7. 7. Matrix Representation Let us define a hyperlink P1 P2 matrix H 1 L j if Pj  BiH ij    0 otherwise 0 1 2 1 and R  RPi  P3 H  1 0 0   R  HR 0 1 2 0   R is an eigenvector of Hwith eigenvalue 1December 9, 2008 Beat Signer, signer@inf.ethz.ch 7
  8. 8. Matrix Representation ... We can use the power method to find R t 1R  HR t 0 1 2 1 For our example H  1 0 0   0 1 2 0   this results in R  2 2 1 or 0.4 0.4 0.2December 9, 2008 Beat Signer, signer@inf.ethz.ch 8
  9. 9. Dangling Pages Problem with pages P1 P2 C that have no outbound links (P2) 0 0  CH  and R  0 0 1 0 0 1 2  0 1 2C  and S  H  C     0 1 2 1 1 2December 9, 2008 Beat Signer, signer@inf.ethz.ch 9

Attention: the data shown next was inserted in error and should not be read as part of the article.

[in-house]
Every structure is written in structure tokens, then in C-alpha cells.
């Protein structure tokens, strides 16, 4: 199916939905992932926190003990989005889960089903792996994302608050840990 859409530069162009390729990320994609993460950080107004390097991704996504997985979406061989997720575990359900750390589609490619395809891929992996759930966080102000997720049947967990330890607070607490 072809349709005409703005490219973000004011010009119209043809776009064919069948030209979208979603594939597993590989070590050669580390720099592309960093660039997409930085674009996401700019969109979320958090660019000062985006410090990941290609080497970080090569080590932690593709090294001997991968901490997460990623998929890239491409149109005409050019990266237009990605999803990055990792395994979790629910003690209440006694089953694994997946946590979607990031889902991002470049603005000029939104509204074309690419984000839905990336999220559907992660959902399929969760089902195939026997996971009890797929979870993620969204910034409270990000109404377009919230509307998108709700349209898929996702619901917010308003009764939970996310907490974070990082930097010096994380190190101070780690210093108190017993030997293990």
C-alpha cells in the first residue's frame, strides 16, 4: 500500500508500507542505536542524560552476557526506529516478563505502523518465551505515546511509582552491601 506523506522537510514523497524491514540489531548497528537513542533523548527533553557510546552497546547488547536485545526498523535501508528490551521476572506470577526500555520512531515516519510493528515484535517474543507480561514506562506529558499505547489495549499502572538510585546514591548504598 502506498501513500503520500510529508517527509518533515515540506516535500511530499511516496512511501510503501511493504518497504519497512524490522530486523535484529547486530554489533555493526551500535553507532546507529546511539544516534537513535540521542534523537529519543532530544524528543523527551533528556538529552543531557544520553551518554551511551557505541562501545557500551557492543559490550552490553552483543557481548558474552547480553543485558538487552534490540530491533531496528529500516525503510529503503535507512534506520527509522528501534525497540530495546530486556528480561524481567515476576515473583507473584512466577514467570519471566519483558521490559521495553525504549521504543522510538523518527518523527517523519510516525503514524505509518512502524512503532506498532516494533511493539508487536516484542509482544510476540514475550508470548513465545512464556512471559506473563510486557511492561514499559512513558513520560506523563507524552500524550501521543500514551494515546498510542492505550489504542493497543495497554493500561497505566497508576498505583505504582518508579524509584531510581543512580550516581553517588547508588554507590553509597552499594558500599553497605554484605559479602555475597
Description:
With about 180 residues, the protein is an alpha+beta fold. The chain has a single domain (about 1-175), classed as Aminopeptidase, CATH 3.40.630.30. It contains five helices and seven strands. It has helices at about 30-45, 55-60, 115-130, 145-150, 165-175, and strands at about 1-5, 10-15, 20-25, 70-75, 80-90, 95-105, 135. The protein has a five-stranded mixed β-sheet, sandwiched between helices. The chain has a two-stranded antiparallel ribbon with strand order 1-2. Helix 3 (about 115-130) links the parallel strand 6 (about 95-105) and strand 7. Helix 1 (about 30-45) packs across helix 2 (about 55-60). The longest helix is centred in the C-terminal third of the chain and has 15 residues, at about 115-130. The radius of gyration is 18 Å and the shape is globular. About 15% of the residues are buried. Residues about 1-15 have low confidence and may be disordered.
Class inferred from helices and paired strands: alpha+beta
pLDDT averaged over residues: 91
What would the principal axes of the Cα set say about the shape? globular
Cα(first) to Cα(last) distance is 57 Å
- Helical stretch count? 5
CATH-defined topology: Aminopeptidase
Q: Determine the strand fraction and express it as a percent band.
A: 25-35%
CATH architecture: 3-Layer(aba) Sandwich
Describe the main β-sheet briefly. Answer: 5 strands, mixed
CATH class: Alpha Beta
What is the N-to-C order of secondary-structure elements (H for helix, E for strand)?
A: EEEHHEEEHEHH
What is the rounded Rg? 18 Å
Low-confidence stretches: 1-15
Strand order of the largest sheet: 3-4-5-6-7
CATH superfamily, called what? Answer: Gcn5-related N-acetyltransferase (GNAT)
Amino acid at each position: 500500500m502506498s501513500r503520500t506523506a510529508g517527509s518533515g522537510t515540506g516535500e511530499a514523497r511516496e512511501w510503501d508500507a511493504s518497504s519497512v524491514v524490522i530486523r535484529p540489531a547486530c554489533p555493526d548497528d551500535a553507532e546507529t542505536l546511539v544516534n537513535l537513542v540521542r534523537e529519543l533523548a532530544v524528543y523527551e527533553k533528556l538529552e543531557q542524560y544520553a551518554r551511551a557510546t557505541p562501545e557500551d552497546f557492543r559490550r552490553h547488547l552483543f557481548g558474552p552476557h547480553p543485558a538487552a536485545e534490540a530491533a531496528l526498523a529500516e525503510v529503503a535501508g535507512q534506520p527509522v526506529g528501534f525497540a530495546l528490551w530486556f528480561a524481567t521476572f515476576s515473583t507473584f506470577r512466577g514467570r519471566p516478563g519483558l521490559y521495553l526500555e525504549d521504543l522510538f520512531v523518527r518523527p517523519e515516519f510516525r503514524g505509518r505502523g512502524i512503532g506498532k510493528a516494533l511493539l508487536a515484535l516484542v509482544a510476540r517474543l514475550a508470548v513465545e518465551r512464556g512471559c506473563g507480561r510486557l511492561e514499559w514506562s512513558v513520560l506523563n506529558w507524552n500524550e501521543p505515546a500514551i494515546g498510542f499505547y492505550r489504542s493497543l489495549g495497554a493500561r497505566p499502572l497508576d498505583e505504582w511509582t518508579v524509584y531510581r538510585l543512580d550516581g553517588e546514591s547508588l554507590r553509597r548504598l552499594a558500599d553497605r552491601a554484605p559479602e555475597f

10. 10. Strongly Connected Pages (Graph) 1-d Add new transition P1 P2 probabilities between all pages  with probability d we follow P4 P3 the hyperlink structure S  with probability 1-d we choose a random page P5 1-d 1-dG  1  d  1  dS 1 R  GR nDecember 9, 2008 Beat Signer, signer@inf.ethz.ch 10
  11. 11. G  1  d  1  dS 1Examples n A2 0.37 A1 A3 0.26 0.37December 9, 2008 Beat Signer, signer@inf.ethz.ch 11
  12. 12. G  1  d  1  dS 1Examples ... n A2 B2 0.185 0.185 A1 A3 B1 B3 0.13 0.185 0.13 0.185 P A  0.5 PB   0.5December 9, 2008 Beat Signer, signer@inf.ethz.ch 12
  13. 13. G  1  d  1  dS 1Examples ... n A2 B2 0.14 0.20 A1 A3 B1 B3 0.10 0.14 0.22 0.20 P A  0.38 PB   0.62December 9, 2008 Beat Signer, signer@inf.ethz.ch 13
  14. 14. G  1  d  1  dS 1Examples ... n A2 B2 0.23 0.095 A1 A3 B1 B3 0.3 0.18 0.10 0.095 P A  0.71 PB   0.29December 9, 2008 Beat Signer, signer@inf.ethz.ch 14
  15. 15. G  1  d  1  dS 1Examples ... n A2 B2 0.24 0.07 A1 A3 B1 B3 0.35 0.18 0.09 0.07 P A  0.77 PB   0.23December 9, 2008 Beat Signer, signer@inf.ethz.ch 15
  16. 16. G  1  d  1  dS 1Examples ... n A2 B2 0.17 0.06 A1 A3 B1 B3 0.33 0.175 0.08 0.06 A4 PB   0.20P A  0.80 0.125December 9, 2008 Beat Signer, signer@inf.ethz.ch 16